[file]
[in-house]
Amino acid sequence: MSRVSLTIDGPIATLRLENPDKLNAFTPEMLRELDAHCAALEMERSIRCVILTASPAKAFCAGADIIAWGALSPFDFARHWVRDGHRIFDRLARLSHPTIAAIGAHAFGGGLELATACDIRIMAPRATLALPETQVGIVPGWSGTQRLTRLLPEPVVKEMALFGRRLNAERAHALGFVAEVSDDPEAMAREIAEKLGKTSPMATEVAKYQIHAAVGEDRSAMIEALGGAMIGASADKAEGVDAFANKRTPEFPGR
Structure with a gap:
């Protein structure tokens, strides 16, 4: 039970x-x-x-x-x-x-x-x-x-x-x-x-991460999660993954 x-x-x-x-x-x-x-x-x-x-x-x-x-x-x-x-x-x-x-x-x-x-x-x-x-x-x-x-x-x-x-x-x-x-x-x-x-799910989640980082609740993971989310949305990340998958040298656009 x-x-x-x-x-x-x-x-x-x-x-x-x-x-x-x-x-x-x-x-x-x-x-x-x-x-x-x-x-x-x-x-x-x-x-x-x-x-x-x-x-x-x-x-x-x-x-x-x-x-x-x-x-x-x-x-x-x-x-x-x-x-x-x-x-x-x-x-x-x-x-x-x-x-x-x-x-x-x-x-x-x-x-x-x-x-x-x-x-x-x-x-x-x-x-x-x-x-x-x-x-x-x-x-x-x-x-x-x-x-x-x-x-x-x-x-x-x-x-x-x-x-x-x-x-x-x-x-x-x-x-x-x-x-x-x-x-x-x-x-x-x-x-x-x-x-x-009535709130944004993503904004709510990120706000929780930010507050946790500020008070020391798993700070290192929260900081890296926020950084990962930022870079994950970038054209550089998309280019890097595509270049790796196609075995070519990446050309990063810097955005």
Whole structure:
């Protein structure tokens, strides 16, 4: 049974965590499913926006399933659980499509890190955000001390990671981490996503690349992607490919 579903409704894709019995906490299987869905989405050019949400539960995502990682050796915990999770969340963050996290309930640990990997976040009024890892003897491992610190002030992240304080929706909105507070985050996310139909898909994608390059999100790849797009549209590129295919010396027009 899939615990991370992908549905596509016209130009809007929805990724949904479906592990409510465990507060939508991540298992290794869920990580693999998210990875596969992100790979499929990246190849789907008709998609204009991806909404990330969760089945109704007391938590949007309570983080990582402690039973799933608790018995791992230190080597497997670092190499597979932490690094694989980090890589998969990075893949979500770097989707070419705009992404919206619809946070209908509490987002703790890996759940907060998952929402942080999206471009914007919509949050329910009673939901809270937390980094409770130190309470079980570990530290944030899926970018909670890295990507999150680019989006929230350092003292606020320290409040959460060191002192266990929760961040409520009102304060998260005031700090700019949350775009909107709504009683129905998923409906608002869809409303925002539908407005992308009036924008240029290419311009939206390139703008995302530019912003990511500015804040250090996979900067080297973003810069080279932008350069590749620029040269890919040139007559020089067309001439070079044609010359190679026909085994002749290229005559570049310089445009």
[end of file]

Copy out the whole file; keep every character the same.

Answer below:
[in-house]
Amino acid sequence: MSRVSLTIDGPIATLRLENPDKLNAFTPEMLRELDAHCAALEMERSIRCVILTASPAKAFCAGADIIAWGALSPFDFARHWVRDGHRIFDRLARLSHPTIAAIGAHAFGGGLELATACDIRIMAPRATLALPETQVGIVPGWSGTQRLTRLLPEPVVKEMALFGRRLNAERAHALGFVAEVSDDPEAMAREIAEKLGKTSPMATEVAKYQIHAAVGEDRSAMIEALGGAMIGASADKAEGVDAFANKRTPEFPGR
Structure with a gap:
């Protein structure tokens, strides 16, 4: 039970x-x-x-x-x-x-x-x-x-x-x-x-991460999660993954 x-x-x-x-x-x-x-x-x-x-x-x-x-x-x-x-x-x-x-x-x-x-x-x-x-x-x-x-x-x-x-x-x-x-x-x-x-799910989640980082609740993971989310949305990340998958040298656009 x-x-x-x-x-x-x-x-x-x-x-x-x-x-x-x-x-x-x-x-x-x-x-x-x-x-x-x-x-x-x-x-x-x-x-x-x-x-x-x-x-x-x-x-x-x-x-x-x-x-x-x-x-x-x-x-x-x-x-x-x-x-x-x-x-x-x-x-x-x-x-x-x-x-x-x-x-x-x-x-x-x-x-x-x-x-x-x-x-x-x-x-x-x-x-x-x-x-x-x-x-x-x-x-x-x-x-x-x-x-x-x-x-x-x-x-x-x-x-x-x-x-x-x-x-x-x-x-x-x-x-x-x-x-x-x-x-x-x-x-x-x-x-x-x-x-x-009535709130944004993503904004709510990120706000929780930010507050946790500020008070020391798993700070290192929260900081890296926020950084990962930022870079994950970038054209550089998309280019890097595509270049790796196609075995070519990446050309990063810097955005």
Whole structure:
């Protein structure tokens, strides 16, 4: 049974965590499913926006399933659980499509890190955000001390990671981490996503690349992607490919 579903409704894709019995906490299987869905989405050019949400539960995502990682050796915990999770969340963050996290309930640990990997976040009024890892003897491992610190002030992240304080929706909105507070985050996310139909898909994608390059999100790849797009549209590129295919010396027009 899939615990991370992908549905596509016209130009809007929805990724949904479906592990409510465990507060939508991540298992290794869920990580693999998210990875596969992100790979499929990246190849789907008709998609204009991806909404990330969760089945109704007391938590949007309570983080990582402690039973799933608790018995791992230190080597497997670092190499597979932490690094694989980090890589998969990075893949979500770097989707070419705009992404919206619809946070209908509490987002703790890996759940907060998952929402942080999206471009914007919509949050329910009673939901809270937390980094409770130190309470079980570990530290944030899926970018909670890295990507999150680019989006929230350092003292606020320290409040959460060191002192266990929760961040409520009102304060998260005031700090700019949350775009909107709504009683129905998923409906608002869809409303925002539908407005992308009036924008240029290419311009939206390139703008995302530019912003990511500015804040250090996979900067080297973003810069080279932008350069590749620029040269890919040139007559020089067309001439070079044609010359190679026909085994002749290229005559570049310089445009």